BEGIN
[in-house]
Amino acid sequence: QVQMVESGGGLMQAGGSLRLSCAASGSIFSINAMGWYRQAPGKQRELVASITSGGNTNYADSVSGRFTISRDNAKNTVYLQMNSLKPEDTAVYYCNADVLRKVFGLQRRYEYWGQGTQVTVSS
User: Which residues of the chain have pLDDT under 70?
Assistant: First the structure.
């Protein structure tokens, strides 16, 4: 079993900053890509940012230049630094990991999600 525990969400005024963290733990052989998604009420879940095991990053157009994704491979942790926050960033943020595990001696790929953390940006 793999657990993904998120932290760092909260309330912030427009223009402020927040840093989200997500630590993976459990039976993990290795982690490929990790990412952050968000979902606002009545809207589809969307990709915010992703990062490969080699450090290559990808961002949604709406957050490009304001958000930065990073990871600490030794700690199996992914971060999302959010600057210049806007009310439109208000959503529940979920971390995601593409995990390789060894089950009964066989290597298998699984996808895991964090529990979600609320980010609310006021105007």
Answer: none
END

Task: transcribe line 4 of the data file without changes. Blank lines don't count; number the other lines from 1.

Assistant: First the structure.